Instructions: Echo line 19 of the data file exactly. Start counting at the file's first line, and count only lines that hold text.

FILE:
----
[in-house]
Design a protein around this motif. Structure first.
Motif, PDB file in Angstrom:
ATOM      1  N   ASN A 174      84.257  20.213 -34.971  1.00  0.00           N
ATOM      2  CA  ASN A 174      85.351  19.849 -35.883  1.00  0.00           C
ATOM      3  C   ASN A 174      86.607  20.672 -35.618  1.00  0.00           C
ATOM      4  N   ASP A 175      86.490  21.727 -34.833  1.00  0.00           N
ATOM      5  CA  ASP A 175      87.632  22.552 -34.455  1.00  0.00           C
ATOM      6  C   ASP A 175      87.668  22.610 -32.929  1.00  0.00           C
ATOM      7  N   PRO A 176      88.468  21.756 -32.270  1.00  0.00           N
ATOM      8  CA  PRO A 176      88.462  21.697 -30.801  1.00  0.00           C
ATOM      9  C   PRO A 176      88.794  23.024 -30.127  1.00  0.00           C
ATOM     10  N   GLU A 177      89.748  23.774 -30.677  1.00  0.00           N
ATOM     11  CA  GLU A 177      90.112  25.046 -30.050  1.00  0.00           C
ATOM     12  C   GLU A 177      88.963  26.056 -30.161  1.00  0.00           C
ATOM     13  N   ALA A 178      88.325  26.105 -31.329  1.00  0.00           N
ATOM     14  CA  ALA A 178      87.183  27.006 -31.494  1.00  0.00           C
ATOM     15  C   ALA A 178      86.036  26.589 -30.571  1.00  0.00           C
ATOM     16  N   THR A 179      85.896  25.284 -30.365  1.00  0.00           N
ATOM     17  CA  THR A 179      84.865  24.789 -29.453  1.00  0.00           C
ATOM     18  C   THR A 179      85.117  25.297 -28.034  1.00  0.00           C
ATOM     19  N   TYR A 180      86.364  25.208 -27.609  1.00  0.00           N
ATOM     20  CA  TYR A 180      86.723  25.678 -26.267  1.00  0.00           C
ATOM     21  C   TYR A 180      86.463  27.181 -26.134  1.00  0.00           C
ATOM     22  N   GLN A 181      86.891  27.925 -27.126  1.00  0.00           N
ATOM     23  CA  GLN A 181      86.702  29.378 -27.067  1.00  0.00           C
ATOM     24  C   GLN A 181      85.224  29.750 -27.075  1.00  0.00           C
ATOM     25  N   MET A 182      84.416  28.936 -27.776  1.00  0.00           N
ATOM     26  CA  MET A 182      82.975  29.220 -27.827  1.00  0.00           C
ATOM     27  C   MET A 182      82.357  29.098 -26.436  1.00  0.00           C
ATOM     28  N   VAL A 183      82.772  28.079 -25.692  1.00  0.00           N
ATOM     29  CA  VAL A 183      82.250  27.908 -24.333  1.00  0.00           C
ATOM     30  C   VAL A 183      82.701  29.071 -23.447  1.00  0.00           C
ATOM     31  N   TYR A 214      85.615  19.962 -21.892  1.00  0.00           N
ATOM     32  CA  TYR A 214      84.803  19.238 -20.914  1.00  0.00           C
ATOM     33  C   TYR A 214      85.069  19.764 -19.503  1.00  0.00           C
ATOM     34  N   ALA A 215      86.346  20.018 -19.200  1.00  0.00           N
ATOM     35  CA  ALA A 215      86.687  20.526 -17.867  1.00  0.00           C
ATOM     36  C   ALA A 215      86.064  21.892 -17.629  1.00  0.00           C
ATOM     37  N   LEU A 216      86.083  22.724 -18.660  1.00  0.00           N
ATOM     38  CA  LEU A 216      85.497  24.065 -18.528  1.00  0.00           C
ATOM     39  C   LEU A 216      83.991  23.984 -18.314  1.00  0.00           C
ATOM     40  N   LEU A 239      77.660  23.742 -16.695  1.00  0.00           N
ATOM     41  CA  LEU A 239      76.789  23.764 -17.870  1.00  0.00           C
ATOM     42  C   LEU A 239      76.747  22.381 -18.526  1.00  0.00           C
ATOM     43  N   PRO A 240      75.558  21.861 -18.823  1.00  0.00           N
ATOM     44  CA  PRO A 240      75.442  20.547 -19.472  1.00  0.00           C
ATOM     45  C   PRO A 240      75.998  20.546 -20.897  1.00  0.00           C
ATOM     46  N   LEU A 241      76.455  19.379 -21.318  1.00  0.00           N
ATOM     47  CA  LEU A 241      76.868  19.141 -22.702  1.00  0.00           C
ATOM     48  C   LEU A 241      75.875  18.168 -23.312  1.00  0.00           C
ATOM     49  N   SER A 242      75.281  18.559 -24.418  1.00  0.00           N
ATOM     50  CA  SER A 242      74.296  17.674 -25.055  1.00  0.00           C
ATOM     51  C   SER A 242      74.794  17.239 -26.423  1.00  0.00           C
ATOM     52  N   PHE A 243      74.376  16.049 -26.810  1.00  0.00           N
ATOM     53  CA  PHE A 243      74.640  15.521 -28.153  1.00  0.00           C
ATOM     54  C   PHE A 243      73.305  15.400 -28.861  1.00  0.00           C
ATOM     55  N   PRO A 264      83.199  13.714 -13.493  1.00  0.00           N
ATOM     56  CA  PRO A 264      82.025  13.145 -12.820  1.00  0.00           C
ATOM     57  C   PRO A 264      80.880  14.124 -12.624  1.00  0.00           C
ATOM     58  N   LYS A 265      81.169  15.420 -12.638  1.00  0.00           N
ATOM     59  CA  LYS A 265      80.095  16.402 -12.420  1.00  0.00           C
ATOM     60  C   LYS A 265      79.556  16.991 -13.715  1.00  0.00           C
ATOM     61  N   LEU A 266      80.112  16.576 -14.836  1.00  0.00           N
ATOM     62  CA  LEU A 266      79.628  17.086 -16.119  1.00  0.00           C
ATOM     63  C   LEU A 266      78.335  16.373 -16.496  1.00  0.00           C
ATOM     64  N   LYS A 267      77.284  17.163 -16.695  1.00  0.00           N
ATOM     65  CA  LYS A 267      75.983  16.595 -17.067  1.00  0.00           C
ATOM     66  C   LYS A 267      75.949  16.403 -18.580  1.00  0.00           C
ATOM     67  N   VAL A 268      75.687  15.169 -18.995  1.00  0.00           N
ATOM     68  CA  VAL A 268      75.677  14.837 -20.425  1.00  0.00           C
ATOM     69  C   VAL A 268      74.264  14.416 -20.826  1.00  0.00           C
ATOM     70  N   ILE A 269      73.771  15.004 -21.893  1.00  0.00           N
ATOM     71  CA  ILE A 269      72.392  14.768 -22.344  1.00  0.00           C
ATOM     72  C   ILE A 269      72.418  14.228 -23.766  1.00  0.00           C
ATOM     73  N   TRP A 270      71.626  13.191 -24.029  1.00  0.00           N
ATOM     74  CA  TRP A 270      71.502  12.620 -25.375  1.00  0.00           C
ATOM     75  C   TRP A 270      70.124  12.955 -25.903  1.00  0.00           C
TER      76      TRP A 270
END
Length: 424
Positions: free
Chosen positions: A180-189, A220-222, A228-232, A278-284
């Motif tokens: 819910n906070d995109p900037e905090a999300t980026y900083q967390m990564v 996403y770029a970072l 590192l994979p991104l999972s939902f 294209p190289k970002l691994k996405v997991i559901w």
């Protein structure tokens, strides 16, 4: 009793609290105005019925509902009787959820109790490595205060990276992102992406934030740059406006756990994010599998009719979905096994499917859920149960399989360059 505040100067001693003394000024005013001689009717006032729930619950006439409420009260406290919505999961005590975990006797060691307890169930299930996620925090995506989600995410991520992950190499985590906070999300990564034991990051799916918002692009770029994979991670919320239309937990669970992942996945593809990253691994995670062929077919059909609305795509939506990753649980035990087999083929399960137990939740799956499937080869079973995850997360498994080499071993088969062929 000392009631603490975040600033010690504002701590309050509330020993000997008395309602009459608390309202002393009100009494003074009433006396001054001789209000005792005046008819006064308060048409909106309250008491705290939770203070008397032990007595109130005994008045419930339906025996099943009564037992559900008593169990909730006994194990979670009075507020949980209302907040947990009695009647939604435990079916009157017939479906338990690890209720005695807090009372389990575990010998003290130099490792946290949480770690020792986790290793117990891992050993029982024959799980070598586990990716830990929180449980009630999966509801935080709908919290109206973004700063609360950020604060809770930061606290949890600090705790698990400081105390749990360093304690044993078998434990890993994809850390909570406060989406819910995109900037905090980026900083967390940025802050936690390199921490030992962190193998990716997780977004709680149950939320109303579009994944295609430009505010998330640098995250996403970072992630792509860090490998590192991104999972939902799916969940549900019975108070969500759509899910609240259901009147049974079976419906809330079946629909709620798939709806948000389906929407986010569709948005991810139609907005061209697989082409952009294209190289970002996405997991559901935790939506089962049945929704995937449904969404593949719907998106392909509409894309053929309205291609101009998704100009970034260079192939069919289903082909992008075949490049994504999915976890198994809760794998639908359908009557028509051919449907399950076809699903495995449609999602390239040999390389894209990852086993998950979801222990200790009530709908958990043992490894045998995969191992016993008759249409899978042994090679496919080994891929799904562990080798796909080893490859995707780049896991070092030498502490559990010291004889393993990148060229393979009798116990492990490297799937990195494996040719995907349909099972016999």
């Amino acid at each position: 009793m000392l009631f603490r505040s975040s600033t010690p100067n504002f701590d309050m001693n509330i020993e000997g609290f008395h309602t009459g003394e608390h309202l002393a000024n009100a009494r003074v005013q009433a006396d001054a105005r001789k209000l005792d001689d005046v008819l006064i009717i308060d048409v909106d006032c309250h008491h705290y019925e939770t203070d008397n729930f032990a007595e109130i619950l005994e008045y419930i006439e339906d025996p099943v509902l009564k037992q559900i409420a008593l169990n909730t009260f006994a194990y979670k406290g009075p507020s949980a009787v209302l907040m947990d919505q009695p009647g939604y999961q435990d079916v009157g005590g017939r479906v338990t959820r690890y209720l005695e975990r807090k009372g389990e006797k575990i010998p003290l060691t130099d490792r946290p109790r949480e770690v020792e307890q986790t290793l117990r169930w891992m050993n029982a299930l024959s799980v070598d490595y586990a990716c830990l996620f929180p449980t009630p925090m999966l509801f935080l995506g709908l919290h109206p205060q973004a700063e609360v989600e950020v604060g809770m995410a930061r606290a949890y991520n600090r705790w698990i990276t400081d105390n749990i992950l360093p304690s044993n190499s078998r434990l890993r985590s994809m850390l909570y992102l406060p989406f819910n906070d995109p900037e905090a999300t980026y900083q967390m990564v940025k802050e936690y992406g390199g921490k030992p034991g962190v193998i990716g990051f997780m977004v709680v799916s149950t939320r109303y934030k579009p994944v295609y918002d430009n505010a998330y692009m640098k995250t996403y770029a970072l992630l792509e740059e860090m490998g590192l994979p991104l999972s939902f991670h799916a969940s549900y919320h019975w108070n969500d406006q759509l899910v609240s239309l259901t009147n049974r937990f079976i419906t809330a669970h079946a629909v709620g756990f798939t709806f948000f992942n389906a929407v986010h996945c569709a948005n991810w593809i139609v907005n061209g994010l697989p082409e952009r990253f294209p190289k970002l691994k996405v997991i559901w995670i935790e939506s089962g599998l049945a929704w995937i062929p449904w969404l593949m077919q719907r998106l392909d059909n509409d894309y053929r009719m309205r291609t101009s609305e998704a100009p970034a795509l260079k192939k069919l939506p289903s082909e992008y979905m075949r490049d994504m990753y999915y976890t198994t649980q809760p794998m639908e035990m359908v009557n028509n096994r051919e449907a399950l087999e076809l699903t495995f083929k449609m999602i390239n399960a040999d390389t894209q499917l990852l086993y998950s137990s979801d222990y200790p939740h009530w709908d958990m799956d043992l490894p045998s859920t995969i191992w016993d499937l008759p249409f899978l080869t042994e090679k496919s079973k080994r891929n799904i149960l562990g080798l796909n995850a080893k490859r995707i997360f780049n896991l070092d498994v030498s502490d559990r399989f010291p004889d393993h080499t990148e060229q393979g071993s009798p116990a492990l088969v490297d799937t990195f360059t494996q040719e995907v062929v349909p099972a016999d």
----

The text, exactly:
ATOM     16  N   THR A 179      85.896  25.284 -30.365  1.00  0.00           N